Hark! The online comments sing. Glory to the eternal flame of sass, the everlasting calves, the comfort and joy of the mobility impaired—the only woman about whom the internet has nothing and will never have anything bad to say.
Today we're spending time with Mary Ann Wilson, RN, of the long-running program "Sit and Be Fit." Like all titans of public television—Bob Ross, Julia Child, Kermit the Frog—this lady was niche-branding herself long before the first Angelfire fanfic site ever plastered ungainly type across an animated wallpaper. With kind twinkling eyes, rosy cheeks (blush game on fleek, always), and the legs of an MGM hoofer, Mary Ann Wilson embodies the indomitable spirit of the body electric. Be you wheelchair-bound, waylaid by injury, or merely very lazy, "Sit and Be Fit" is here to inspire your slowly calcifying form toward kinesis.
And decent kinesis it is! I've given Ms. Wilson her due before, here, but, like most of the able-bodied population, my only experience with "Sit and Be Fit" consisted of watching with a dopey grin for a few minutes while channel surfing, perhaps trying a few moves if feeling puckish, because WhaT a gAS!
This time, I came to "Sit and Be Fit" hashtag-authentically, with two bum feet and three weeks in post-surgical boots, which are like little boats that buoy your standing weight up into your hips instead of through your feet. Or something. The first week, my walking pace was that of my grandma's at 91, and my condition generated lots of enjoyable sympathy and Vicodin and people fetching me things. Fresh off the painkikis, walking felt like moving around a slack bag of bones formed from petrified Olive Garden breadsticks.
Now, I've got a nifty peg-leg swag walk and I go down stairs backwards because it's faster. I can take the boots off as long as I'm not standing, which puts me so patently in the show's target demographic that I'd be a lax ambassador of sass indeed if I didn't seize upon SABF's fresh relevance to my current life experiences.
- The show operates as a nonprofit and has been on the air for nearly 30 years, since 1987.
- It tapes in Spokane, WA.
- Mississippi and Alabama do not air "Sit and Be Fit" at all. Of course.
- Mary Ann's daughter, Gretchen, often joins her to demonstrate modifications. Kewt!
- When she was a young RN, Mary Ann specialized in post-polio rehabilitation.
- Aerobics got her through her husband's death. MY HEART.
As I am incapable of rising early to catch the broadcast, I turned to the few episodes available in full on YouTube. My selection, "Engaging the Pelvic Floor," had my number: I love workin' on my taint!
Also known as pee-pee muscles, or what you're working when you do kegels,
or, as illustrated by this NSFW pic, what makes your dick curve upward when erect
Mary Ann starts by introducing her helpers for the session, which is nice of her.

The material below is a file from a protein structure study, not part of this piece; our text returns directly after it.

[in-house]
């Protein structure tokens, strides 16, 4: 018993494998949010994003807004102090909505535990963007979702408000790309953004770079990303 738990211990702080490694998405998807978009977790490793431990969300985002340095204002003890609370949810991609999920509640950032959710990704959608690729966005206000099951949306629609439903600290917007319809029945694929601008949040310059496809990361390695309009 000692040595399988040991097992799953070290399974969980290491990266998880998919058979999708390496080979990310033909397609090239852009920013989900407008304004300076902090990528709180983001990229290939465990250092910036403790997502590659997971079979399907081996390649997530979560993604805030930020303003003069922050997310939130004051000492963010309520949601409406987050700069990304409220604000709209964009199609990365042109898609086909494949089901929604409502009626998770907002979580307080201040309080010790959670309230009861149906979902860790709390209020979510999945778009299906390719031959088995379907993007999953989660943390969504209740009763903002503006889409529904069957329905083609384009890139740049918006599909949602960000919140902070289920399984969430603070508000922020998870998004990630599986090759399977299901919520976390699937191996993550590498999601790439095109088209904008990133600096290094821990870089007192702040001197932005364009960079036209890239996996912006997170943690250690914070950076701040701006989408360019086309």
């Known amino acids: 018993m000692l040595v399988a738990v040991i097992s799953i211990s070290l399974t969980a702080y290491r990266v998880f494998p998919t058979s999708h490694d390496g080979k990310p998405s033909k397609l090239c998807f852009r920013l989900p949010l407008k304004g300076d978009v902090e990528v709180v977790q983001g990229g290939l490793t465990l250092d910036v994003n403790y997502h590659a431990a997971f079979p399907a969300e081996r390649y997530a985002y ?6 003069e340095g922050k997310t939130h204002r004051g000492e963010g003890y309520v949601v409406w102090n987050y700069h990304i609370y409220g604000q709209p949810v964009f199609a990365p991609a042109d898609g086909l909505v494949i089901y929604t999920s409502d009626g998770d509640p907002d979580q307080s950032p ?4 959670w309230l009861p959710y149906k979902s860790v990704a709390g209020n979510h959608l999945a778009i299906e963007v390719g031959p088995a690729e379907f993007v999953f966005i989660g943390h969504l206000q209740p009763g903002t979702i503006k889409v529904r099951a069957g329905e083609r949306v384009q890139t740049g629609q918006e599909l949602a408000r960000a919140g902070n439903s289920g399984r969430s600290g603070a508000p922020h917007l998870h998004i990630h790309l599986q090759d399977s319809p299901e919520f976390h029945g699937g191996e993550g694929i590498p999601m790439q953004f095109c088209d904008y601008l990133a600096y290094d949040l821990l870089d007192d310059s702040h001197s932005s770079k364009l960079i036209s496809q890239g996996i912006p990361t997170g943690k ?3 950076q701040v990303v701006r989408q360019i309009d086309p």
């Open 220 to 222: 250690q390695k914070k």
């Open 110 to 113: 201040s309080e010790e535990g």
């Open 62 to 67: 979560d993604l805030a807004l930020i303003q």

Then we get into some knee lifts and leg extensions . . .
. . . and finish the warm-up with a gentle foot massage, which was perfect for my tore-up frankenweenies. Somehow, Mary Ann knew it was time for me to start cajoling them back into fine action.
This booty action warms up the undercarriage and prepares us for the pelvic floor exercises, which Mary Ann explains in a top-drawer use of kinetic imagery: as you contract, visualize the sits bones getting closer together. That's what actually happens in there, on a very tiny scale, and it's something I hadn't really been able to understand, despite reading approximately 24 pages of a conditioning guide called Pelvic Power years ago. Mary Ann's explanation gave me a bit of a eureka moment, one made all the sweeter by occurring in communion with my bum.
After the ass play comes the first aerobic section, where we walk our feet out and in—a seated box step. After three weeks cut off from aerobics, I was there for it. I also wished my socks were as slouchy-cute as hers.
Let's take a moment to appreciate Ms. Wilson's face-giving skills: smiley but not plastic, sweet as a snickerdoodle and calmly perky. Her Clara Bow eyebrows, always expressing some gentle affection, are practically support staff.
Then she does this cute knee raise, which is harder than it looks. Can she help it if it happens to make her shapely legs look even shapelier? No, she cannot.
During the finger-articulation exercises, I gave thanks for my non-arthritic hands, despite a long-running finger-popping compulsion. (Apparently, science says my mom is wrong—knuckle popping does not promote arthritis later in life—but I still don't 100% believe it.)
She also has you work your finger and hand muscles by pretending your rolled-up towel is a ball of dough that you are kneading, which is an analogy I can get excited about.
It continues like this, alternating between the lightest of aerobic movements—there's a salsa portion, of course—and targeted conditioning and flexibility exercises.
After some standing or seated stretches, Ms. Wilson makes time for a meditative moment, wherein we cross our elbows and sway our arms like we're hugging the whole world. It feels incredibly comforting.
Then, in the style of the great "Rhythmics," we're treated to some serene nature footage while Mary Ann takes us home: "While you're flying along, think about all the people in your life who bless your life, and send blessings to them. You're going to such beautiful places on this trip. Keep reaching out with us for a better day."
I shall, Ms. Wilson.